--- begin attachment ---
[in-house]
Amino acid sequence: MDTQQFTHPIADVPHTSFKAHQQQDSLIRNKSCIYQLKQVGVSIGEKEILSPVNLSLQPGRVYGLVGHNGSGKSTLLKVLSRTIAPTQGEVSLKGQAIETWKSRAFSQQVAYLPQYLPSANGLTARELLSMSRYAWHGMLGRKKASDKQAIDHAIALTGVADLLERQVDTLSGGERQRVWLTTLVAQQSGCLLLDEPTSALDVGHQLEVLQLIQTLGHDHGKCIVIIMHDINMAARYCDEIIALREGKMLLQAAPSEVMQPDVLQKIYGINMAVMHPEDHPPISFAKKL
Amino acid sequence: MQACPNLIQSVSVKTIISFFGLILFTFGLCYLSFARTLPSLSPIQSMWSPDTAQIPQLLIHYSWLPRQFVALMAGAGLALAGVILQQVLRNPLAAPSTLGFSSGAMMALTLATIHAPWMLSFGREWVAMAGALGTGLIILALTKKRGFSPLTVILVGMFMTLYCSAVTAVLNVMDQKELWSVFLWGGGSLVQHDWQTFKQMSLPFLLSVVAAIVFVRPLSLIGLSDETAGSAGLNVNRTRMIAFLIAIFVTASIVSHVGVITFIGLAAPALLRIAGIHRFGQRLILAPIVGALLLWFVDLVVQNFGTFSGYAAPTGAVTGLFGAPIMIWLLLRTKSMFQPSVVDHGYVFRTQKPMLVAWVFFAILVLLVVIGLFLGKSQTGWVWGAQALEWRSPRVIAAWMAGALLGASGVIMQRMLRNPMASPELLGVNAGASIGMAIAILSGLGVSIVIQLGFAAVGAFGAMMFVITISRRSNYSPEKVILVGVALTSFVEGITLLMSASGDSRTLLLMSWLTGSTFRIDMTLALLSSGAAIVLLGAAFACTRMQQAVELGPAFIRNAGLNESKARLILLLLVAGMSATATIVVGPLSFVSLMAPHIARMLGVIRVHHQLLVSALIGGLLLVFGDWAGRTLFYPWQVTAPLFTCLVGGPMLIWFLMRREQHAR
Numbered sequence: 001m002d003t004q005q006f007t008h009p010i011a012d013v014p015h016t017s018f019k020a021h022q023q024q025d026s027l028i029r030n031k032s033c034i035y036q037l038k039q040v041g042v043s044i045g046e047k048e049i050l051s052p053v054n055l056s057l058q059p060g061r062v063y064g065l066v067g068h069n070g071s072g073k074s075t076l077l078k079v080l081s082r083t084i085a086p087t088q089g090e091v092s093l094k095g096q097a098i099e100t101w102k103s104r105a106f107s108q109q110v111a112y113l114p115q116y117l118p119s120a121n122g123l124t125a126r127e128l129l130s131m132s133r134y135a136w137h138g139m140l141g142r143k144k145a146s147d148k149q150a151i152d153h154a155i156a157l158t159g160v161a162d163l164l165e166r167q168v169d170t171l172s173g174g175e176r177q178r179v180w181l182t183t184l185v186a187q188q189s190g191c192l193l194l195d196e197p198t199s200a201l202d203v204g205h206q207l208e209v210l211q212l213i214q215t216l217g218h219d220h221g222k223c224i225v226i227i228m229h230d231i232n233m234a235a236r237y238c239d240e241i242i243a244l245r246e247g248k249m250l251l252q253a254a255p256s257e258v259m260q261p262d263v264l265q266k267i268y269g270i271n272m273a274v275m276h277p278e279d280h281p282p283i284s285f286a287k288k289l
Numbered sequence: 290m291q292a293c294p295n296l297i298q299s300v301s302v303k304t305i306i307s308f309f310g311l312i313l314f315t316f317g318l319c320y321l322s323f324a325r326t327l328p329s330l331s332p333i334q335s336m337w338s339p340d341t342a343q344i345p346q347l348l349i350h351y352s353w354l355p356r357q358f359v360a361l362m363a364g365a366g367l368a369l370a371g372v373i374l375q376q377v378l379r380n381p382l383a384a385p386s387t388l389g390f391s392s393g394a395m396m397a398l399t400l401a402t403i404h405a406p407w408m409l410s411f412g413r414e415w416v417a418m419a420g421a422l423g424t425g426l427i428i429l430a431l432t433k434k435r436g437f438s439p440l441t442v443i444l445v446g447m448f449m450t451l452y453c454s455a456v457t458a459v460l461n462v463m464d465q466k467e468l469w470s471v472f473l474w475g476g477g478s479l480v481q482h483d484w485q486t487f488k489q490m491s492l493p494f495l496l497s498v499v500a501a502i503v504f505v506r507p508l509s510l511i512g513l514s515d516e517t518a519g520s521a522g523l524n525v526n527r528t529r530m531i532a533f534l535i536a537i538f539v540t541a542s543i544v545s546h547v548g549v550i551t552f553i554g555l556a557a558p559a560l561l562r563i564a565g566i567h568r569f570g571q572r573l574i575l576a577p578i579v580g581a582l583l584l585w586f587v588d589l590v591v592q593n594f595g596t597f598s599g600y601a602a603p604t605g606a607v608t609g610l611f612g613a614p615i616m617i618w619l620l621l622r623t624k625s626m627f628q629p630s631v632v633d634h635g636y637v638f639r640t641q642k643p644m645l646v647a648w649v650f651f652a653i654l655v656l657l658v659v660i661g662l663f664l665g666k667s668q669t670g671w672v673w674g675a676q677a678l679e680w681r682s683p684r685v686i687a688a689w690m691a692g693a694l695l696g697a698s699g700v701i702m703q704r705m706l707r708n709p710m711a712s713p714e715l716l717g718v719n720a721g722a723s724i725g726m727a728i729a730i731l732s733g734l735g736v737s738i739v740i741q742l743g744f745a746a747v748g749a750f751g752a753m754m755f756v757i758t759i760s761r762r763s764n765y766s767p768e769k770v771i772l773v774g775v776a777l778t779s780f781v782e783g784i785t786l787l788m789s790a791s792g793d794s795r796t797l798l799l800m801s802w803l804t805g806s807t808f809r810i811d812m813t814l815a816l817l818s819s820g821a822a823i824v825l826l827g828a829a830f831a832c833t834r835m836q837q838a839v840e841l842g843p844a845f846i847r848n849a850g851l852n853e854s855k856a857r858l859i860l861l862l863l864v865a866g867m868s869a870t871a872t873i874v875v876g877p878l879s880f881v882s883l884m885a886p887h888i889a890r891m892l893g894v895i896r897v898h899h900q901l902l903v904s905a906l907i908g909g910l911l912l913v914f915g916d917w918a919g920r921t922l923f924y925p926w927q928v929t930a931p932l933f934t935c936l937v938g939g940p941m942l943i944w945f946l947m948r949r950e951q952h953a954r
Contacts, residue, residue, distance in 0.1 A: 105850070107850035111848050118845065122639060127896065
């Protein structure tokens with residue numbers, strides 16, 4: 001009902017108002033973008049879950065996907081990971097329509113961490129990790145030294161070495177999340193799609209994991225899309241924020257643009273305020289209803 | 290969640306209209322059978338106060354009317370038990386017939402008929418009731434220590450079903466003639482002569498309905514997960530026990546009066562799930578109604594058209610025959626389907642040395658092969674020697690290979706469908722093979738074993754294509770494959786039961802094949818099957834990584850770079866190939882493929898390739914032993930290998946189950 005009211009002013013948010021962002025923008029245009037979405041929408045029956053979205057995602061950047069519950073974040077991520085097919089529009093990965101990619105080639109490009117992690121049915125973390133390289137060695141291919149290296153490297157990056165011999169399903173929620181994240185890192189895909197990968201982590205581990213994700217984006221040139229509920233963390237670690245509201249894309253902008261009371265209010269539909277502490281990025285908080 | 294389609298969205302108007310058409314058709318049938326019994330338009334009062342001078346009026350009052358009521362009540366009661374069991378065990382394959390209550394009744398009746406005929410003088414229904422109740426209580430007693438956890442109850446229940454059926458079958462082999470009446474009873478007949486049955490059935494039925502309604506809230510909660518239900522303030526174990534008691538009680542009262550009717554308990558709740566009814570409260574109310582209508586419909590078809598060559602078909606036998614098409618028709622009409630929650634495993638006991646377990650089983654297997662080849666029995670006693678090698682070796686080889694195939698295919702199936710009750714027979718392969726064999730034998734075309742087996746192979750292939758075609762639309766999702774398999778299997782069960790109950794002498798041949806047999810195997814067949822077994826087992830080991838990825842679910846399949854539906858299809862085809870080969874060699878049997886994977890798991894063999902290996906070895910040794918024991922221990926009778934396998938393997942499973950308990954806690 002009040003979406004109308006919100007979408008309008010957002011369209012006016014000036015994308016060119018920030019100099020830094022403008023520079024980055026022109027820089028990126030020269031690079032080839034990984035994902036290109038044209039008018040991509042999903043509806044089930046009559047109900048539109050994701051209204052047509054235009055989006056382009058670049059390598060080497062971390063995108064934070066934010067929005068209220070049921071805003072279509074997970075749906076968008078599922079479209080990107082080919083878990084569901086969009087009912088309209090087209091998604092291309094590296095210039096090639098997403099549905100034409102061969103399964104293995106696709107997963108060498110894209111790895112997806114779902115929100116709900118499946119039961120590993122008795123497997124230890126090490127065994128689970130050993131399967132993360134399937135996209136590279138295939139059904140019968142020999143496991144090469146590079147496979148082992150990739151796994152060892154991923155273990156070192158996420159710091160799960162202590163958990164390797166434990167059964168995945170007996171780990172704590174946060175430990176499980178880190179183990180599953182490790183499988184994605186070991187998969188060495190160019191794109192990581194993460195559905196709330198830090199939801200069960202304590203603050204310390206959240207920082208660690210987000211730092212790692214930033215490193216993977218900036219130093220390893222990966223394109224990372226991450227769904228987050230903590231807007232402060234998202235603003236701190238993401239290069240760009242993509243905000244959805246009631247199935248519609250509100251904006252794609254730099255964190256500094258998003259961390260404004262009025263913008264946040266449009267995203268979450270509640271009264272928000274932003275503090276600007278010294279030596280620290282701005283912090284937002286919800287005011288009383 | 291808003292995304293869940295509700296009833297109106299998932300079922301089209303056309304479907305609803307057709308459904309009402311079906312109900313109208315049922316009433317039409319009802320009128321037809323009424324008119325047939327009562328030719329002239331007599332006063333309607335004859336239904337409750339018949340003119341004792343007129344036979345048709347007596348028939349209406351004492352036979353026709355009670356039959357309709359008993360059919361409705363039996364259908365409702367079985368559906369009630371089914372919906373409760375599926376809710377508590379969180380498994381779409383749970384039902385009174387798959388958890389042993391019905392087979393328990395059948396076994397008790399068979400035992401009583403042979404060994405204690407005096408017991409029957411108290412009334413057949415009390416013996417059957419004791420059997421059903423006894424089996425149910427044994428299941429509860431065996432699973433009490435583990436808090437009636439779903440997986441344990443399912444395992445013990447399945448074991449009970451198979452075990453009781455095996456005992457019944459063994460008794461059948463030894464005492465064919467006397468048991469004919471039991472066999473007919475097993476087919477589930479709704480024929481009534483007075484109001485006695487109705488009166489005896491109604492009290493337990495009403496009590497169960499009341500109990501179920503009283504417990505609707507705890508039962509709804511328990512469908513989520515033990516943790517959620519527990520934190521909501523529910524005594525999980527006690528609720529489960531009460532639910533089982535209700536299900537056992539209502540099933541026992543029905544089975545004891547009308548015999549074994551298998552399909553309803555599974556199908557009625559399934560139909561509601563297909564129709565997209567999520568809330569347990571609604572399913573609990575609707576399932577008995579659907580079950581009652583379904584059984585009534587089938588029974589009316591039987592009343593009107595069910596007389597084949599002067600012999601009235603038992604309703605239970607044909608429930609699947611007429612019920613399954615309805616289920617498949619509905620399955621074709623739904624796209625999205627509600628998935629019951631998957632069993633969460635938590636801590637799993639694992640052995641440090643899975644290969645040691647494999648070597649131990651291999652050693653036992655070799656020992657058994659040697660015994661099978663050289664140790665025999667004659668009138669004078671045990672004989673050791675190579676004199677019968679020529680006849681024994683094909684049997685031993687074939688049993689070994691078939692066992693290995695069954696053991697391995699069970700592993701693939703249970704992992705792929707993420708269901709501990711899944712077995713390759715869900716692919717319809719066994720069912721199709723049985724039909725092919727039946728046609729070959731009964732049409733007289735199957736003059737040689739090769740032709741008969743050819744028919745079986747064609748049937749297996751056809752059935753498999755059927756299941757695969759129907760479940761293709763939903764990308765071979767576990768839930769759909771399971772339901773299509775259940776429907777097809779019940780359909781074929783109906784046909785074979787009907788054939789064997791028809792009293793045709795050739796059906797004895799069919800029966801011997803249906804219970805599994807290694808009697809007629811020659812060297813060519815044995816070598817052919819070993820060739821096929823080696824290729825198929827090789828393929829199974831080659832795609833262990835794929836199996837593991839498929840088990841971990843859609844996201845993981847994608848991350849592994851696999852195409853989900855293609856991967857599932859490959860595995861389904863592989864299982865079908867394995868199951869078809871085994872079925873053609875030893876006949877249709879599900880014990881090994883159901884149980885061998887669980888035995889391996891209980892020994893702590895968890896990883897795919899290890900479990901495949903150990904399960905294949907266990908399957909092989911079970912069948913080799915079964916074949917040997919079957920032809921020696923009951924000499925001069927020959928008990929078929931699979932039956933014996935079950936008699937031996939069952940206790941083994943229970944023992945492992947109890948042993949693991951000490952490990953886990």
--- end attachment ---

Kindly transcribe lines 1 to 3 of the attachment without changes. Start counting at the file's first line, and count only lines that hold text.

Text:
[in-house]
Amino acid sequence: MDTQQFTHPIADVPHTSFKAHQQQDSLIRNKSCIYQLKQVGVSIGEKEILSPVNLSLQPGRVYGLVGHNGSGKSTLLKVLSRTIAPTQGEVSLKGQAIETWKSRAFSQQVAYLPQYLPSANGLTARELLSMSRYAWHGMLGRKKASDKQAIDHAIALTGVADLLERQVDTLSGGERQRVWLTTLVAQQSGCLLLDEPTSALDVGHQLEVLQLIQTLGHDHGKCIVIIMHDINMAARYCDEIIALREGKMLLQAAPSEVMQPDVLQKIYGINMAVMHPEDHPPISFAKKL
Amino acid sequence: MQACPNLIQSVSVKTIISFFGLILFTFGLCYLSFARTLPSLSPIQSMWSPDTAQIPQLLIHYSWLPRQFVALMAGAGLALAGVILQQVLRNPLAAPSTLGFSSGAMMALTLATIHAPWMLSFGREWVAMAGALGTGLIILALTKKRGFSPLTVILVGMFMTLYCSAVTAVLNVMDQKELWSVFLWGGGSLVQHDWQTFKQMSLPFLLSVVAAIVFVRPLSLIGLSDETAGSAGLNVNRTRMIAFLIAIFVTASIVSHVGVITFIGLAAPALLRIAGIHRFGQRLILAPIVGALLLWFVDLVVQNFGTFSGYAAPTGAVTGLFGAPIMIWLLLRTKSMFQPSVVDHGYVFRTQKPMLVAWVFFAILVLLVVIGLFLGKSQTGWVWGAQALEWRSPRVIAAWMAGALLGASGVIMQRMLRNPMASPELLGVNAGASIGMAIAILSGLGVSIVIQLGFAAVGAFGAMMFVITISRRSNYSPEKVILVGVALTSFVEGITLLMSASGDSRTLLLMSWLTGSTFRIDMTLALLSSGAAIVLLGAAFACTRMQQAVELGPAFIRNAGLNESKARLILLLLVAGMSATATIVVGPLSFVSLMAPHIARMLGVIRVHHQLLVSALIGGLLLVFGDWAGRTLFYPWQVTAPLFTCLVGGPMLIWFLMRREQHAR